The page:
The story has always been a favorite of mine. Joshua was going to lead the people into the promised land. There was only one obstacle before them – the Jordan River needed to be crossed.
The river was in its spring flood stage as a result of the winter runoff from Mount Hermon. As soon as the feet of the priests carrying the Ark touched the water at the river’s edge, the waters abruptly stopped flowing.
The water flowed up unto that point and began to back up. The water below that point flowed on to the Dead Sea.
The priests carrying the Ark stood in the middle of the riverbed, on dry ground, while the people all passed them by crossing to the other side.
Then Joshua instructs twelve men, one from each tribe, to go back to the middle of the river and pick up one stone which would be used to construct a memorial.
“Each of you must pick up one stone and carry it out on your shoulder – twelve stones in all, one for each of the twelve tribes of Israel.” (Joshua 4:5, NLT)
The stones were to be carried on their shoulders.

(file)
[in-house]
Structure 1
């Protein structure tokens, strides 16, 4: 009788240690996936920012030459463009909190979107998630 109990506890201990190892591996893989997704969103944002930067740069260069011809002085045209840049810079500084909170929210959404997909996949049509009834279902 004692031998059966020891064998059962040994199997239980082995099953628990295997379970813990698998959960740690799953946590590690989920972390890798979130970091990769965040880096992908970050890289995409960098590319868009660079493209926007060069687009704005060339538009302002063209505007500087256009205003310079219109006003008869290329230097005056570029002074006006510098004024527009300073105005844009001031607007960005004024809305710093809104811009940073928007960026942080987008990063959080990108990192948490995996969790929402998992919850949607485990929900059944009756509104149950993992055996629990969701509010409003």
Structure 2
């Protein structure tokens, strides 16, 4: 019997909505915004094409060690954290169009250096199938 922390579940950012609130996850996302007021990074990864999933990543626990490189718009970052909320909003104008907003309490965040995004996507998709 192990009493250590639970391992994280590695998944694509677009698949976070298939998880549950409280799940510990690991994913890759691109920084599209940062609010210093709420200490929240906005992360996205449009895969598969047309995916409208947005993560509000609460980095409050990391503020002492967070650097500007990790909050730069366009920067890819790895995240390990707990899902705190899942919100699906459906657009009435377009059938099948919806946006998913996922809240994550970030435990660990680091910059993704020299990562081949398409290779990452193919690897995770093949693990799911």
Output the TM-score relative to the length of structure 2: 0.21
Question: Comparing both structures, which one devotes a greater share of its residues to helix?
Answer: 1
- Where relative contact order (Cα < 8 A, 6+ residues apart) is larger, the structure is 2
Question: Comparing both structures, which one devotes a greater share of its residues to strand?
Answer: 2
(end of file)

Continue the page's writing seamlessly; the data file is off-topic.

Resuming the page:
I always had an image in my mind of small stones being stacked. But those simple words – “on their shoulders” – tells me these were not small stones at all.Â Turning to my commentary, I discover they weighed about one hundred pounds each.
The story, found in Joshua Chapters 3-4, has been in my thoughts for a few days …
Our burdens can at times weigh on our shoulders much like a hundred pound boulder. We must pick up our heavy burdens and bring them to Him.
“Give your burdens to the Lord, and he will take care of you. He will not permit the godly to slip and fall.” (Psalm 55:22, NLT)
As we lay those burdens as a memorial,
those very burdens will become a place of celebration.
The mere sight of the memorial was reminder to the people of the power and might of our God.
They did not carry those stones from place to place. The weight of the stone, and our burdens, is felt no longer as the memorial stays behind. It is the memory which moves forward with us.
The memorial then, and our memories now, serve one purpose:
“In the future your children will ask you, ‘What do these stones mean?’ Then you can tell them …” (Joshua 4:6, NLT)
We need to tell the stories to future generations. Future generations will ask questions and we must provide the answers.
“O God, we have heard it with our own ears – our ancestors have told us of all you did in their day, in days long ago.” (Psalm 44:1, NLT)
Our memories are to be constant reminders of our God
who works wonders for His people.